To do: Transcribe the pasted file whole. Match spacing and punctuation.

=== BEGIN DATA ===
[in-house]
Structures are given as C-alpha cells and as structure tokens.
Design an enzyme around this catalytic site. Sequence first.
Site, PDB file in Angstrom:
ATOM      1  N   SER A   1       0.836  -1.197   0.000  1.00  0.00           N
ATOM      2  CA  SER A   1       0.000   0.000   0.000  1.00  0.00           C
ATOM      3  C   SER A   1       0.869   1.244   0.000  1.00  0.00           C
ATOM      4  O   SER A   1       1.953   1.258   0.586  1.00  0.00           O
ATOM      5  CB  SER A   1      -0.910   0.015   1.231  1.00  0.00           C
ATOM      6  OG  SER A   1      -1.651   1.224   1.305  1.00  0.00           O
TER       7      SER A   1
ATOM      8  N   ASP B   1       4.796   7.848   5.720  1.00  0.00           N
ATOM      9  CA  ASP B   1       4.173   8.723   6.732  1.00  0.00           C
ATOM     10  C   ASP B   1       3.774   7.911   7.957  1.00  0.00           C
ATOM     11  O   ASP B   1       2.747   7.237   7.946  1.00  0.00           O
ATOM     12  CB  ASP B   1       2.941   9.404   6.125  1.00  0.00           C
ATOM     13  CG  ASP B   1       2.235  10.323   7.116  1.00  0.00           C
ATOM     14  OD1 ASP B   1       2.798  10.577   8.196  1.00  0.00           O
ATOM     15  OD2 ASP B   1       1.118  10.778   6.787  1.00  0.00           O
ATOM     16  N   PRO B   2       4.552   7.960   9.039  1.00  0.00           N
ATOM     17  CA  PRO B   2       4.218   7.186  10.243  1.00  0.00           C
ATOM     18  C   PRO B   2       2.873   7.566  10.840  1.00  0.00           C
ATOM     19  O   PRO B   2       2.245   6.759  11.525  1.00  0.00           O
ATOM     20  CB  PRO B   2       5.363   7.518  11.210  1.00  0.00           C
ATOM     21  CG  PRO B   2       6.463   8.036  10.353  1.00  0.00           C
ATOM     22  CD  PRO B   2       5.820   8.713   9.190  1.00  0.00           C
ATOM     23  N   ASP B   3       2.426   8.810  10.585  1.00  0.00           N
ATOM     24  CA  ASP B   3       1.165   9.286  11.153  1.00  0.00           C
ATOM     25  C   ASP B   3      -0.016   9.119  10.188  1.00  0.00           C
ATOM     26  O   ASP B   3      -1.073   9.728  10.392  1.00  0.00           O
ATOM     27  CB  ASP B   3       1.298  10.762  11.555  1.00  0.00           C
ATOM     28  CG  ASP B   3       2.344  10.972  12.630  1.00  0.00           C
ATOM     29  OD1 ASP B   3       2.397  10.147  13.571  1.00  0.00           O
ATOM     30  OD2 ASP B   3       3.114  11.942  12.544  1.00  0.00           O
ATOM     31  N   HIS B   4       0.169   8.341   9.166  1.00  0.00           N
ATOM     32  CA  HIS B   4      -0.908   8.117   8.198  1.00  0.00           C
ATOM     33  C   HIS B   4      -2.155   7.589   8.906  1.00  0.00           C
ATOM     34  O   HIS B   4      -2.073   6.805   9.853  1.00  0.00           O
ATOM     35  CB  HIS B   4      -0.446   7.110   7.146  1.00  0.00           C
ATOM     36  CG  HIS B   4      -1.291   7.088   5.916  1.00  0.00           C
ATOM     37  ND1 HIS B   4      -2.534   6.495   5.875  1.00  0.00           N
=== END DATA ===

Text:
[in-house]
Structures are given as C-alpha cells and as structure tokens.
Design an enzyme around this catalytic site. Sequence first.
Site, PDB file in Angstrom:
ATOM      1  N   SER A   1       0.836  -1.197   0.000  1.00  0.00           N
ATOM      2  CA  SER A   1       0.000   0.000   0.000  1.00  0.00           C
ATOM      3  C   SER A   1       0.869   1.244   0.000  1.00  0.00           C
ATOM      4  O   SER A   1       1.953   1.258   0.586  1.00  0.00           O
ATOM      5  CB  SER A   1      -0.910   0.015   1.231  1.00  0.00           C
ATOM      6  OG  SER A   1      -1.651   1.224   1.305  1.00  0.00           O
TER       7      SER A   1
ATOM      8  N   ASP B   1       4.796   7.848   5.720  1.00  0.00           N
ATOM      9  CA  ASP B   1       4.173   8.723   6.732  1.00  0.00           C
ATOM     10  C   ASP B   1       3.774   7.911   7.957  1.00  0.00           C
ATOM     11  O   ASP B   1       2.747   7.237   7.946  1.00  0.00           O
ATOM     12  CB  ASP B   1       2.941   9.404   6.125  1.00  0.00           C
ATOM     13  CG  ASP B   1       2.235  10.323   7.116  1.00  0.00           C
ATOM     14  OD1 ASP B   1       2.798  10.577   8.196  1.00  0.00           O
ATOM     15  OD2 ASP B   1       1.118  10.778   6.787  1.00  0.00           O
ATOM     16  N   PRO B   2       4.552   7.960   9.039  1.00  0.00           N
ATOM     17  CA  PRO B   2       4.218   7.186  10.243  1.00  0.00           C
ATOM     18  C   PRO B   2       2.873   7.566  10.840  1.00  0.00           C
ATOM     19  O   PRO B   2       2.245   6.759  11.525  1.00  0.00           O
ATOM     20  CB  PRO B   2       5.363   7.518  11.210  1.00  0.00           C
ATOM     21  CG  PRO B   2       6.463   8.036  10.353  1.00  0.00           C
ATOM     22  CD  PRO B   2       5.820   8.713   9.190  1.00  0.00           C
ATOM     23  N   ASP B   3       2.426   8.810  10.585  1.00  0.00           N
ATOM     24  CA  ASP B   3       1.165   9.286  11.153  1.00  0.00           C
ATOM     25  C   ASP B   3      -0.016   9.119  10.188  1.00  0.00           C
ATOM     26  O   ASP B   3      -1.073   9.728  10.392  1.00  0.00           O
ATOM     27  CB  ASP B   3       1.298  10.762  11.555  1.00  0.00           C
ATOM     28  CG  ASP B   3       2.344  10.972  12.630  1.00  0.00           C
ATOM     29  OD1 ASP B   3       2.397  10.147  13.571  1.00  0.00           O
ATOM     30  OD2 ASP B   3       3.114  11.942  12.544  1.00  0.00           O
ATOM     31  N   HIS B   4       0.169   8.341   9.166  1.00  0.00           N
ATOM     32  CA  HIS B   4      -0.908   8.117   8.198  1.00  0.00           C
ATOM     33  C   HIS B   4      -2.155   7.589   8.906  1.00  0.00           C
ATOM     34  O   HIS B   4      -2.073   6.805   9.853  1.00  0.00           O
ATOM     35  CB  HIS B   4      -0.446   7.110   7.146  1.00  0.00           C
ATOM     36  CG  HIS B   4      -1.291   7.088   5.916  1.00  0.00           C
ATOM     37  ND1 HIS B   4      -2.534   6.495   5.875  1.00  0.00           N